Ivan Lozano (b. 1981, Guadalajara, Mexico) lives and works in Chicago, where NewCity Art recognized him as a “Breakout Artist” in 2014. He received a MFA in Film/Video/NewMedia/Animation from SAIC in 2011. Before graduate school, LOZANO was the programming director for the Cinematexas International Short Film festival, co-founder of a feminist video collective (Austin Video Bee) and a net art blog (CTRL+W33D). His work has been exhibited at the National Museum of Mexican Art (Chicago, IL), the Chicago Cultural Center (Chicago, IL), The Hyde Park Arts Center (Chicago, IL), Andrew Rafacz Gallery (Chicago, IL), the Texas Biennial (09 and 13), FotoFest’s Talent in Texas series (Houston, TX), and others. In 2013 he founded an ad-hoc PDF artist press, IMAGE FILE PRESS, dedicated to presenting artist books, zines, and other digital ephemera.
Ricardo Gamboa is an award-winning artist, activist and academic working in his native Chicago and New York City creating radically politicized work. In Chicago, Gamboa is a member of the Southside Ignoramus Quartet and Free Street Theater, resident playwright at Chicago Dramatists and founding adult creative partner of the controversial politically charged ensemble The Young Fugitives. In New York City, he is a fellow of the Hemispheric Institute of Performance and Politics’ EmergeNYC program and member of the New York Neo-Futurists. He is pursuing his doctorate degree at New York University’s renowned American Studies program and is a Critical Collaborations Fellow (2016-2018) at the Tisch School of the Arts where he also received his M.A. in Arts Politics (2013). Gamboa has won several awards including a Joyce Award, MacArthur Foundation International Connections Award, etc. He has worked with over 5,000 young people in the hemisphere. His current projects include the ensemble devised play Meet Juan(ito) Doe, his underground live news show and podcast The Hoodoisie, and his genre-bending, ground breaking webseries about 4 gay Latino doctoral students that are also witches BRUJOS.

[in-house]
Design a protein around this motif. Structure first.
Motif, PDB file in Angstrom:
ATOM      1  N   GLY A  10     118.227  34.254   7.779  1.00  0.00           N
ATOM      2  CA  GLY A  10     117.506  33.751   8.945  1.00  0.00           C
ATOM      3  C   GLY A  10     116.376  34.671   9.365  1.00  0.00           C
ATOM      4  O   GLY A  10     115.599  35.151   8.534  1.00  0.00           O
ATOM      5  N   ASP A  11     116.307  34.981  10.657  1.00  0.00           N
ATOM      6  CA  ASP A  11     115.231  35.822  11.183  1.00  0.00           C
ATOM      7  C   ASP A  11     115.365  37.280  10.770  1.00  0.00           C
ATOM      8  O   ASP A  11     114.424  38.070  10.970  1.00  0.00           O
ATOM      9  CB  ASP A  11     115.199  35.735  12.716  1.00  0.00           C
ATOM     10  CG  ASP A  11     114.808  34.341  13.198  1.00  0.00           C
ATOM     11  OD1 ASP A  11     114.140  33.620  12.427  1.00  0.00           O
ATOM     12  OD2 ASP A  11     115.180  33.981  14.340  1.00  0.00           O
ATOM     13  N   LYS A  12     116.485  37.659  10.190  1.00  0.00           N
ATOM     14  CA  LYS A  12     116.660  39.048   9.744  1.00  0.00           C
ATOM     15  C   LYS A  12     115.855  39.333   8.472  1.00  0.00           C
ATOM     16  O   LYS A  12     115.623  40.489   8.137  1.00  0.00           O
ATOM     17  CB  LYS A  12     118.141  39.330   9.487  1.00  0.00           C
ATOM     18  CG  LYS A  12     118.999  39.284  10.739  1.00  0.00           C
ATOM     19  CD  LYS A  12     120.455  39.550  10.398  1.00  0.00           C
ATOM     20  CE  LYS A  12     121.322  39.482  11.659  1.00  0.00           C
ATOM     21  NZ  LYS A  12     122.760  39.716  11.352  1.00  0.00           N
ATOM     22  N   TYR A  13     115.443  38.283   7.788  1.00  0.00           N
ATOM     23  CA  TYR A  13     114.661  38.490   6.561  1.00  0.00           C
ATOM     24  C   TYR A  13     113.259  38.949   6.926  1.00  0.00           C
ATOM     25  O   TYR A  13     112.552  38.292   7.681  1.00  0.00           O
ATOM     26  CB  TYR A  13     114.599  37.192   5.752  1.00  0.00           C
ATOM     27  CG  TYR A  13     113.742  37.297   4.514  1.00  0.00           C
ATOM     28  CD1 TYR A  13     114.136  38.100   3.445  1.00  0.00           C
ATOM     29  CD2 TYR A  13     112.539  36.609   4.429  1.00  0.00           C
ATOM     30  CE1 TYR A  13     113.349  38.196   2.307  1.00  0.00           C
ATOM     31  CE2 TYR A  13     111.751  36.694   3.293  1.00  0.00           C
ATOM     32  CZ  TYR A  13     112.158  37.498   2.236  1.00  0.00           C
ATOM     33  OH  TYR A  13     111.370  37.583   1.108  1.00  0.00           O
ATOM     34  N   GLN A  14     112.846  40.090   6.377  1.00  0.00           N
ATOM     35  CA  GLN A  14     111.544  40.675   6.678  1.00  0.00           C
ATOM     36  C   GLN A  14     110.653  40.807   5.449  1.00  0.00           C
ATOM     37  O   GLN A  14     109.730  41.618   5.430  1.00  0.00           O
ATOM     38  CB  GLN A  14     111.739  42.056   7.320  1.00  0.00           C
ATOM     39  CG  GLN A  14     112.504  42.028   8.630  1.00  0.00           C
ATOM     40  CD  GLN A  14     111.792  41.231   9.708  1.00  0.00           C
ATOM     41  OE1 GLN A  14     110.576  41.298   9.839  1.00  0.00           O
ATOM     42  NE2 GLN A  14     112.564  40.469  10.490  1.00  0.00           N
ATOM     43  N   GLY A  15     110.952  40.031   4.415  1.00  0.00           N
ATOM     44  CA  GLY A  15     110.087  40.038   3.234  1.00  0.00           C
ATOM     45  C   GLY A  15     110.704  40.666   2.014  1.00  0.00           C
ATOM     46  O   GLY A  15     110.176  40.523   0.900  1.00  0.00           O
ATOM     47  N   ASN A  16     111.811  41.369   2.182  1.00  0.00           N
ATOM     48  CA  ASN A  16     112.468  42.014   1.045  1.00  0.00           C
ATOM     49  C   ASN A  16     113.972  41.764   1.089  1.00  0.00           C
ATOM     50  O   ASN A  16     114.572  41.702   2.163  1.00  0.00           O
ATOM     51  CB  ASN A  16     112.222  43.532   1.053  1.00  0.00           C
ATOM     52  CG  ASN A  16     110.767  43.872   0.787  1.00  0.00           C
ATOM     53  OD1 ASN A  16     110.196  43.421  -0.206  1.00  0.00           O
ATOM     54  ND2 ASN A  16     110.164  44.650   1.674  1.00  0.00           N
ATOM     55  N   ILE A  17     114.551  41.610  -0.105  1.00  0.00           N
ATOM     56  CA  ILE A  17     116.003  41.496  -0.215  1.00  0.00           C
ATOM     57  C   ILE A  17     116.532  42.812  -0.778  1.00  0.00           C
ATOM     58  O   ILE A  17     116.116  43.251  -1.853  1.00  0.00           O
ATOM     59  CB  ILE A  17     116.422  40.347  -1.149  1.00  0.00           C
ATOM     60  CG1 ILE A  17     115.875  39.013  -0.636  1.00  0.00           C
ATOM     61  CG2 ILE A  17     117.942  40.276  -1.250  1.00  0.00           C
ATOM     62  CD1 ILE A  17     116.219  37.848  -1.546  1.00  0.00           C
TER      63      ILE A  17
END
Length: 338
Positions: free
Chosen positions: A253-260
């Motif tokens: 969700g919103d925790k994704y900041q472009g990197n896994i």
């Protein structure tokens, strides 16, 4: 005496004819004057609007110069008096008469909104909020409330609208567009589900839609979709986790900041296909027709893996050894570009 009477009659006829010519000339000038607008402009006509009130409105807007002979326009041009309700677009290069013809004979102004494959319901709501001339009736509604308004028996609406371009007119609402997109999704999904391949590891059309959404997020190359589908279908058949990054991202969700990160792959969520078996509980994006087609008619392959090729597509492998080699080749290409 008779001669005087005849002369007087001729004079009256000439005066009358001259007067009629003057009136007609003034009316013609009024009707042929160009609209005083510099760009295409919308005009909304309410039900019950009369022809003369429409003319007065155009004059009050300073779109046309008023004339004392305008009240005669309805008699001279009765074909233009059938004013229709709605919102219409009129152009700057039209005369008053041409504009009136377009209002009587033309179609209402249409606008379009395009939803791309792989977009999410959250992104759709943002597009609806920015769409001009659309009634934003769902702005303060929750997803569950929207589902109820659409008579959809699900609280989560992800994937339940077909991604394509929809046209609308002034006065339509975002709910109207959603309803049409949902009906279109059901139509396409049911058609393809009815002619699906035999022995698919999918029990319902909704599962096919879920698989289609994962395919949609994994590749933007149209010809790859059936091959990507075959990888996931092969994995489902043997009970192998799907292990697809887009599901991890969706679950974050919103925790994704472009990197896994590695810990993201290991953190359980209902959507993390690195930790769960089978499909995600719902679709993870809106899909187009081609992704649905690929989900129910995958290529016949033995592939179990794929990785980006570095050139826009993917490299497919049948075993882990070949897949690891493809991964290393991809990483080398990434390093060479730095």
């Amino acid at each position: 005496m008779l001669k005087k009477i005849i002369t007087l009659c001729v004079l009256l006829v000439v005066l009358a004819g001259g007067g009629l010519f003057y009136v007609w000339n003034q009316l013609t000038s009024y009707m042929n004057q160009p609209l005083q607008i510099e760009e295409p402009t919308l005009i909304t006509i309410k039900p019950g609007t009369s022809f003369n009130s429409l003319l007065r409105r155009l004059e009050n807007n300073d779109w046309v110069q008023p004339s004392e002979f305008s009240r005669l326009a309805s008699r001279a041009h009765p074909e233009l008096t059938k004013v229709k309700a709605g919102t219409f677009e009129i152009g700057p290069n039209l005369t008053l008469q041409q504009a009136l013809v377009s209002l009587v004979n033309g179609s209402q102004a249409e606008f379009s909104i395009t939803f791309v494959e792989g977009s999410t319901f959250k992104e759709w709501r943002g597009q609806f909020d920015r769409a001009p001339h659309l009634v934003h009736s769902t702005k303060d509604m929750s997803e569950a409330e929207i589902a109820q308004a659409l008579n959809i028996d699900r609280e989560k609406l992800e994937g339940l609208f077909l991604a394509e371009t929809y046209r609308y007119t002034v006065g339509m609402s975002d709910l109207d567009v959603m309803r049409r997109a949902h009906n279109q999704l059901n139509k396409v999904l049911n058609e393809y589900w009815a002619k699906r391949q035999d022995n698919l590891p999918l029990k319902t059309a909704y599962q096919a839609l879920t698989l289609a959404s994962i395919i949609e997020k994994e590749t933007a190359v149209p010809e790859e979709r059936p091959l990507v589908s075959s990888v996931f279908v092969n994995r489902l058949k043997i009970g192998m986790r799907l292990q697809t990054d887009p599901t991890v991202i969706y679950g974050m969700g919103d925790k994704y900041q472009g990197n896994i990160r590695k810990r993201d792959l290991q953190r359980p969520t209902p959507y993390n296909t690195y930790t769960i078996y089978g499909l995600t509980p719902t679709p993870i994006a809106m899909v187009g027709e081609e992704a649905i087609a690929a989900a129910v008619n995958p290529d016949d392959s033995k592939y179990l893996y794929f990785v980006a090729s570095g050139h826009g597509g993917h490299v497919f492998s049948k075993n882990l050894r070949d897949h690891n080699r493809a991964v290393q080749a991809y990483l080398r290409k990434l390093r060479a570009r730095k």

Christopher Audain works at the Logan Center for the Arts at the University of Chicago as Project and Finance Coordinator, managing programs and supporting general business procedures. Hailing from Nashville, TN, Chris left the south to attend Kenyon College (’08), majoring in political science, minoring in music, and singing in an a cappella group. His MA in Arts Administration is from Goucher College (’14), and his thesis, “Rhetoric Matters: Framing the Cultural Impact Narrative in Arts Advocacy,” gives him a renewed perspective on the complicated relationship between public funding and the arts. He believes in the power of the arts to break down perverted preconceived notions that tend to divide, thus bringing people together through a shared humanity.
Amira Ross is an undisciplined artist born and raised in New York, NY. Amina currently lives and works in Chicago, IL. Founder and Director of Beauty Breaks, workshop and performance series.